May God move us to repent for not being as zealous as we ought in engaging others with Jesus. Repentance is good for the soul. It is also good for the whole (the synod). While the doctrinal controversies of the past sapped much of our energy and attention as a synod (and in some cases, necessarily so), attentiveness to doctrinal precision dare not be used as an excuse for laxity in proclaiming the name of Jesus to others.
Yet, brothers and sisters in Christ, may we never forget how we too have a Savior who forgives! Because of Christ and his atoning work at Calvary, you and I personally and collectively as a synod can be certain—as Micah says—our sins have been tread underfoot and all of our iniquities hurled into the depths of the sea (Micah 7:19). This is how we are refreshed and renewed!
Now, renewed by his word of pardon, we boost up each other and say: “The life I live in the body, I now live by faith in the Son of God who loved me and gave himself for me” (Galatians 2). This includes pondering and planning strategically as a synod how to ENGAGE OTHERS WITH JESUS!
Let us not get discouraged as we do so. As your duly elected servant, I will strive, with God’s help and also with your counsel, to do as our Handbook states of my office: “[The president shall] supervise the activities of the boards and committees of the synod so that the goals and objectives adopted by the synod in convention are achieved insofar as practicable.” With a supportive vice president and also with you delegates and pastors here as leaders set on our worthy vision, we prayerfully can do many things to advance the gospel of Christ.
Before we proceed in a moment to a more detailed presentation on the proposal coming from our Planning and Coordinating Committee, allow me an opportunity to touch briefly on a few other matters.
Worship style continues to be discussed in our midst. In my pre-distributed report to the convention, the appointment of a special Committee on ELS Worship (CEW) was mentioned. Six men have been asked to advise the General Pastoral Conference next October. Their task is to assist us as a synod in our understanding of worship and liturgy, helping us determine the meaning of Bylaw Chapter 1 of the ELS Constitution where specific orders of worship are recommended for the sake of unity in practice. We ask for prayers as these men go about their work. We also give a two-fold general encouragement: 1) remember what we do liturgically should reflect our beliefs as confessional Lutherans and not confuse; 2) remember also there are proper ways to contemporize while remaining firmly in the old paths. Along with this encouragement, may we be careful in judging motives of one another.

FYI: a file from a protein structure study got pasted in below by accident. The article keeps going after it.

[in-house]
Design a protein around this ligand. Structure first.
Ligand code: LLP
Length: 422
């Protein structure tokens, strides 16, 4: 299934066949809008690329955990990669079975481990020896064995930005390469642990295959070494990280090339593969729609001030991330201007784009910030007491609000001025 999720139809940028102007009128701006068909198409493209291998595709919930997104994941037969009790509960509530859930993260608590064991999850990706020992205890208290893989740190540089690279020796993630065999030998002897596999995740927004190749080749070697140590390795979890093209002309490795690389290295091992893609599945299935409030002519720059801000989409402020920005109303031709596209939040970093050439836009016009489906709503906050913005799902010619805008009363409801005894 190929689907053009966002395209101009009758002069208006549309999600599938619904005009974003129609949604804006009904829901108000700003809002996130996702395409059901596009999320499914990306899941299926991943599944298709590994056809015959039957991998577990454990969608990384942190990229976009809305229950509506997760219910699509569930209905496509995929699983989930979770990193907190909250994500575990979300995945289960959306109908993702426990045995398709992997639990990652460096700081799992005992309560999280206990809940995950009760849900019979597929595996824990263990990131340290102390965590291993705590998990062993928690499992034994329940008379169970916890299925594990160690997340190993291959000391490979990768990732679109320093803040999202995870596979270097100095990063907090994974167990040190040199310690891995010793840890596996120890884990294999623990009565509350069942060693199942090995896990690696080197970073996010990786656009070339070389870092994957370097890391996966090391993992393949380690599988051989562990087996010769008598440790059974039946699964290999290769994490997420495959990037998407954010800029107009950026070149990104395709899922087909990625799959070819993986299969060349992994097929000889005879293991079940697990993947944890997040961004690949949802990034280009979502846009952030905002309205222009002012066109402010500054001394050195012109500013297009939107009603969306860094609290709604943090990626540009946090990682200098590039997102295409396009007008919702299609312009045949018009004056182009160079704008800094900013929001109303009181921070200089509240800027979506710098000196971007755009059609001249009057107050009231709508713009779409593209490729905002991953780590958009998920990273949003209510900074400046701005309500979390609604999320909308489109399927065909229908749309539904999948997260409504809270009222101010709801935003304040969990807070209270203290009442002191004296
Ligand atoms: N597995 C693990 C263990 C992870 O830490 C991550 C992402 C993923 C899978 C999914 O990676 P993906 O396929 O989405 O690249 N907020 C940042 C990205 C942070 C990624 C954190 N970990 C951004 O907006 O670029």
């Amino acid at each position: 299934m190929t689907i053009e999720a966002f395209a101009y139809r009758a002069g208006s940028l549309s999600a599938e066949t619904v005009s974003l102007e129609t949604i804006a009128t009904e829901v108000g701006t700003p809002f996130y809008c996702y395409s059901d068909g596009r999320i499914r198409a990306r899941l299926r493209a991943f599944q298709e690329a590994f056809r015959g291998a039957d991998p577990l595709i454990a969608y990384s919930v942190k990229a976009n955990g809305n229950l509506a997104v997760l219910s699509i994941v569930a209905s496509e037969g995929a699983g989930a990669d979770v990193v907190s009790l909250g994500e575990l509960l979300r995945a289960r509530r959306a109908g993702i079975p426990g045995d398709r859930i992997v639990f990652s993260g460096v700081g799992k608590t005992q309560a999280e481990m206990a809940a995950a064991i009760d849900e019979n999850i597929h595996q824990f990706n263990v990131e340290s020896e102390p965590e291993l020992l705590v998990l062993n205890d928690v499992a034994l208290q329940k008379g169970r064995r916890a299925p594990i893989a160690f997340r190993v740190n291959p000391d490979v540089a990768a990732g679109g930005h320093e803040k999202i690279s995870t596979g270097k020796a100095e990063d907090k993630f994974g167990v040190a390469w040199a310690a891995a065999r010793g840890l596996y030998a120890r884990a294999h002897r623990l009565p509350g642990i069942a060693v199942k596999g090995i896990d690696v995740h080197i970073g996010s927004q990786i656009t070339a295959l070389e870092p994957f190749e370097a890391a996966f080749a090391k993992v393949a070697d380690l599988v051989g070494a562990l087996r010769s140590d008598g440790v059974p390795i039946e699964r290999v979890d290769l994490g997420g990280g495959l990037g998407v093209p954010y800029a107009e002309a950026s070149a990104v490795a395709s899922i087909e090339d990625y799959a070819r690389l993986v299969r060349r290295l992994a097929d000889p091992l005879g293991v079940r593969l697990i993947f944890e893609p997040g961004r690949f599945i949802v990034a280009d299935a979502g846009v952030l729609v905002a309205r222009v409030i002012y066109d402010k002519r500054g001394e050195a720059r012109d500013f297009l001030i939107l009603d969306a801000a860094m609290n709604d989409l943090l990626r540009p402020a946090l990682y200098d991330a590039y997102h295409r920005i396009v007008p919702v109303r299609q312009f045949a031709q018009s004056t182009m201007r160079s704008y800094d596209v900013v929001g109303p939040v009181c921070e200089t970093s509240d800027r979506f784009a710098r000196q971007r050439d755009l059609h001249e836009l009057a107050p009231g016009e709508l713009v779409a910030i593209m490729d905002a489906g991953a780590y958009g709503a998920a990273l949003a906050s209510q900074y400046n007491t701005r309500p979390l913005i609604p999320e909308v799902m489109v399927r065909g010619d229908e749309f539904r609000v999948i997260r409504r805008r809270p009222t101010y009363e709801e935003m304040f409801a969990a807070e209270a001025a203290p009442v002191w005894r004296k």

On May 5–6 this year a “free conference” took place at our synod’s Parkland congregation in Tacoma, Washington. This was an historic occasion. It represented the first time in many decades where three synod presidents of the former Synodical Conference (LCMS, WELS, ELS) met to address doctrinal topics in a framework outside the realm of church fellowship. President Mark Schroeder of WELS presented an essay on the subject that had severed the long-term ties between the Wisconsin Synod and the ELS on the one hand and the Missouri Synod on the other in the 1950’s and 1960’s. The title was: “Walking Together With Jesus: Church Fellowship and Its Implications for Confessional Lutherans.” LCMS President Harrison and myself served as reactors to the essay. No one is under the delusion that issues once separating the synods will quickly dissipate. Yet, it is noteworthy such a free conference could occur. Plans also are being made for a similar conference next year at the same location.
Fellow workers in God’s Kingdom: We live in trying times. A large segment of young people today is floundering spiritually and morally with little or no expectation of help from what passes as organized religion. One Canadian Lutheran theologian bemoaned: “Today’s North American unchristian or anti-Christian society with its own standards and demands for tolerance makes outreach difficult. Lutheran churches have difficulty retaining youth, for example, because there is little, if any, common or community support for the Christian faith and life. More likely, young Lutherans will have friends of different faiths, or of no faith, and the friendship takes on a higher value than fidelity to a Confirmation vow. Little relevance may be seen between worship rituals and world realities.”6
According to a recently published Barna Research project, those in the sixteen-to-twenty-nine year-old set, while in many cases having attended church during high school years, are “less likely to return to church later, even when they become parents.”7 This is a reality stemming from an inundation of worldviews8 at odds with the Christian faith. The perception of the younger generation is that religious truth for society and for them personally is too complex ever to be known.
How vital, then, for churches to proclaim the entire truth from God’s Word! How crucial it is to hold out the only solid hope—Christ Jesus, who is set forth in Scripture as the world’s one and only Redeemer from sin and as the single entrance to heaven! How important it is to uphold the way in which Scripture directs all for spiritual edification—Word and Sacrament! May God bless our efforts to do so in our Evangelical Lutheran Synod.
John A. Moldstad, president
1 Ewald Plass, What Luther Says (St Louis: Concordia Publishing House, 1972), #546.
2 Triglotta, The Formula of Concord, Article VIII, “Of the Person of Christ,” par. 44.
3 We Confess, We Condemn, Congress on the Lutheran Confessions 2006 (St. Louis: Luther Academy, 2009), p. 16.
4 Synod Report, ELS, 2010, p. 212.
5 M. Harrison, At Home in the House of My Fathers (Lutheran Legacy, 2009), p. 698.
6 Lutheran Theological Review (St Catherine’s, Ontario), vol. 22, p. 70.
7 David Kinnaman and Gabe Lyons, UnChristian – What a New Generation Really Thinks About Christianity (Grand Rapids, MI: Baker Books, 2007), p. 23.
8 David Thompson in his book, What in the World is Going On? (Milwaukee, WI: Northwestern Publishing House, 2010), observes: “One does not have to sit at the feet of a teacher or professor to become a disciple of a particular worldview; worldviews are just as likely to be absorbed by osmosis” (p. 4).